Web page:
Three springs ago the Martin family moved in across the street. Later that summer Isra Hatel, who lives three doors down, called me. She told a story that wasn’t actually new, though I tried to listen as if it had been. My daughters’ version was more succinct, but the accounts were markedly similar. Since the Martin family moved in they maintained a strict policy of not going into neighbors’ houses without their own parent because as Lexie Martin, age nine, reported, some parents “are not appropriate.” Every parent fully understands this Mama Bear protection instinct. Like Jacob with the angel, we wrestle it through the long night of our remaining years.
Now every neighborhood has a culture and we quickly learned that this is a neighborhood where children roam and play together in yards and houses and in the streets and retention ponds. By the time the Martins moved in we’d settled into a wonderful moms-and-kids friendship with Isra’s family, particularly with her sweet daughter Alima who’s the same age as my older daughter, Ruthie. Over the years Isra has served me sage tea and honeyed rosewater treats on her porch. I have danced with her Arabic-speaking mom-friends in her kitchen amid laughter and plumes of sweet hookah smoke. Our daughters play or at least check in with each other daily.
We were thrown off by this Martin family policy of not going into kids’ houses and wondered if it would last through the winter. Eventually the Martins caved on their policy, but only halfway. Their children were allowed in our home because we are Christians but not in the Hatels’ home. This became problematic for my kids who wanted to play somewhere else but more so for Alima who really wanted to have Lexie over. On principle our family decided that until she was allowed to play at Alima’s also, Lexie couldn’t play in our house. It wasn’t long before the Martins came around. It all seems like ancient history now, though the heart of the issue, wrapped up in one question, does not.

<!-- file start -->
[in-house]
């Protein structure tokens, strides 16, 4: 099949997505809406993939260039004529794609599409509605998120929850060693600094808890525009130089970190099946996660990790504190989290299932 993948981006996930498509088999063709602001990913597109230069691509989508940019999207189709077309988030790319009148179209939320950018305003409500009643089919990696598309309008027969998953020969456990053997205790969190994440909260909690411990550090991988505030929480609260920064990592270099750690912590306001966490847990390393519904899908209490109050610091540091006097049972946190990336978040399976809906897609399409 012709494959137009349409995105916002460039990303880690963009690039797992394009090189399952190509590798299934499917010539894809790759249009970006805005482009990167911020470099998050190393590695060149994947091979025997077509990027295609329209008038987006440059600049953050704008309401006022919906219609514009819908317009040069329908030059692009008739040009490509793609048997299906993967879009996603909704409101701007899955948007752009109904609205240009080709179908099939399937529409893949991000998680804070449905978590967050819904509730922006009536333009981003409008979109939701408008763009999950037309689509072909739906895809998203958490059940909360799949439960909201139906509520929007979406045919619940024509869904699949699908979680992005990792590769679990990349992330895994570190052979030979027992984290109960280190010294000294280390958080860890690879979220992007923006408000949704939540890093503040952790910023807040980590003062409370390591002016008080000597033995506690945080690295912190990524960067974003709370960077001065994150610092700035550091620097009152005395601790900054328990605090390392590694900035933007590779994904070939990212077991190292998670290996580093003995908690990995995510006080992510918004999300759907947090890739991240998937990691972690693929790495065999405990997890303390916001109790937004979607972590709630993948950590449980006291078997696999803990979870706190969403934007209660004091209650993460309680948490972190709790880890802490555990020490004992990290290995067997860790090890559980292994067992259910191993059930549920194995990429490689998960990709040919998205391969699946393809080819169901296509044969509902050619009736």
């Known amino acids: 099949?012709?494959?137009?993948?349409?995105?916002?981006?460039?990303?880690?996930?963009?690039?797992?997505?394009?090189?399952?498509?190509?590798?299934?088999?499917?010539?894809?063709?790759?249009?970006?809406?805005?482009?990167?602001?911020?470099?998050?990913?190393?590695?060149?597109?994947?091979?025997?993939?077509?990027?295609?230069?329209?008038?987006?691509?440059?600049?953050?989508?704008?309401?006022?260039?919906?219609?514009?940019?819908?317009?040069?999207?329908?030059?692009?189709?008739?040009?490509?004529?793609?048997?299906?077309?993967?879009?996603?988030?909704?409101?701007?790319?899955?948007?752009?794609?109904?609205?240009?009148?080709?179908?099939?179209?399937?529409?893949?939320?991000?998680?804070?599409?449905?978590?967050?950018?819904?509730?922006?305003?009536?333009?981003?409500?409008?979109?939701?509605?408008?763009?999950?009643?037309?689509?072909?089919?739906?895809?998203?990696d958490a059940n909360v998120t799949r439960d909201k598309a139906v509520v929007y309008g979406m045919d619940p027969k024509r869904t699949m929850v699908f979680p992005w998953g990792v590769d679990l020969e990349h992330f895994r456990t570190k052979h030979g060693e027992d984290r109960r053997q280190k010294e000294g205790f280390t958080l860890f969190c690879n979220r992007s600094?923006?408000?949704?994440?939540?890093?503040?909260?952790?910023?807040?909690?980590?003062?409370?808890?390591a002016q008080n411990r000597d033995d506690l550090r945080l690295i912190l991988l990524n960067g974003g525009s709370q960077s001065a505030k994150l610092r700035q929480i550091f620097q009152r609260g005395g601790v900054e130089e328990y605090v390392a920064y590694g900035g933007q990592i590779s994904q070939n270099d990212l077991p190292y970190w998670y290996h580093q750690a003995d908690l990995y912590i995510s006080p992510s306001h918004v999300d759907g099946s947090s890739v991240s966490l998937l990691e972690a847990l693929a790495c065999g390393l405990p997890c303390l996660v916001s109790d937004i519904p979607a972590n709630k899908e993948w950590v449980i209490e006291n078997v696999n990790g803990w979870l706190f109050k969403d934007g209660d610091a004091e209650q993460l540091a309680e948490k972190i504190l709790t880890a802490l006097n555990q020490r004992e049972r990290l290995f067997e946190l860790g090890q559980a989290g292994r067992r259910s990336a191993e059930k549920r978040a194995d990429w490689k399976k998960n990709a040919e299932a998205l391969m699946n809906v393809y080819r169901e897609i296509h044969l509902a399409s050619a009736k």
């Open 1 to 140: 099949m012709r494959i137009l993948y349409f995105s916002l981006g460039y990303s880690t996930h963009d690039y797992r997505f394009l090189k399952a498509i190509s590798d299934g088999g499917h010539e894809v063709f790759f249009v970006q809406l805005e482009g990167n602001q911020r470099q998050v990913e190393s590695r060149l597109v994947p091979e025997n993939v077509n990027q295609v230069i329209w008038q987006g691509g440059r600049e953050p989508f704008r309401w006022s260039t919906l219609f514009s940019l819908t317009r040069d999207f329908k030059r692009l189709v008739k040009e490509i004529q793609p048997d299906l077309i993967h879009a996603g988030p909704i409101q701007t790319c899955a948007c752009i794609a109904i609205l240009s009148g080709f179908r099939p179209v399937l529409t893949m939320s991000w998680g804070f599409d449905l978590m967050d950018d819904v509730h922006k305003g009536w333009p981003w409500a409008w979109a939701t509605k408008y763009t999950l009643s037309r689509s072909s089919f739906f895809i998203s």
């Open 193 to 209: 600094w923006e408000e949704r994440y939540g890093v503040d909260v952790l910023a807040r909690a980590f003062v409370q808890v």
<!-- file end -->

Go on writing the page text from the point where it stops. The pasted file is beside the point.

“Is it because I’m Muslim?” Alima asked Lexie according to my kids.
“Is it because I’m Muslim?” Alima asked Lexie according to Isra, to me on the phone that summer day, frustrated, asking for help. In hindsight I could have done more. I could have invited the Martins and Hatels over and facilitated that conversation. In the moment though, I was only bold enough to offer an assurance that we didn’t like it either and we stand with her family.
Last winter in the middle of the polar vortex we Kinsley Street dwellers were trapped on our unplowed street for what seemed like weeks. Lexie’s mom, Megan Martin, invited Isra and me over for coffee since leaving home to do anything but get the mail was impossible. I gladly booted and suited and bundled and trekked the 50 steps to the Martins’ front door. It was the first time the three of us had shared space together. The “is it because I’m Muslim?” incident never crossed my mind then and I imagine that was true for Megan, too. As the white Christian majority, forgetting was our assumed privilege. We were just three stay-at-home moms of Kinsley Street getting through a deep freeze with kids who never seemed to have school anymore. For Isra, though, I wonder now about residual memory, of a stinging self-awareness of being the Muslim Arabic minority as we sat with coffee in what felt to me then like genuine solidarity.
Last Sunday Ruthie and Lolo came bounding through the front door like fawns in fashion boots, plastic cups of blue Baja Blast in hand. They’d been to Taco Bell, apparently, but before that to Crossway Bible Church with the Martins. According to Lolo, they had an open invitation to go to church with the Martins, “any Sunday they want because they are always welcome to worship God there.” Maybe Alima was invited too but wasn’t allowed to go. I’m not surprised. Even my Christian insides bristled a bit at the arrogance and intolerance that statement projected. Or maybe I’m just a little jumpy with my protestant counterparts these days.
“Bless the Lord, oh, my soul, oh-oh-oh, my soul, worship his holy name . . .” my girls sang, filling the kitchen with melody and raving about the cool fun service. I casually smiled—okay, smirked, it was a smirk—and said, “You guys know it’s the same Jesus, right?” and “Did you take communion today?” because I knew the answer.
If this is the shape of their rebellion, then bless-the-Lord-oh-my-soul we’re going to be just fine. There’s nothing easy about it, but this family is better for the diversity of faith expressions on this street. Thanks be to God.
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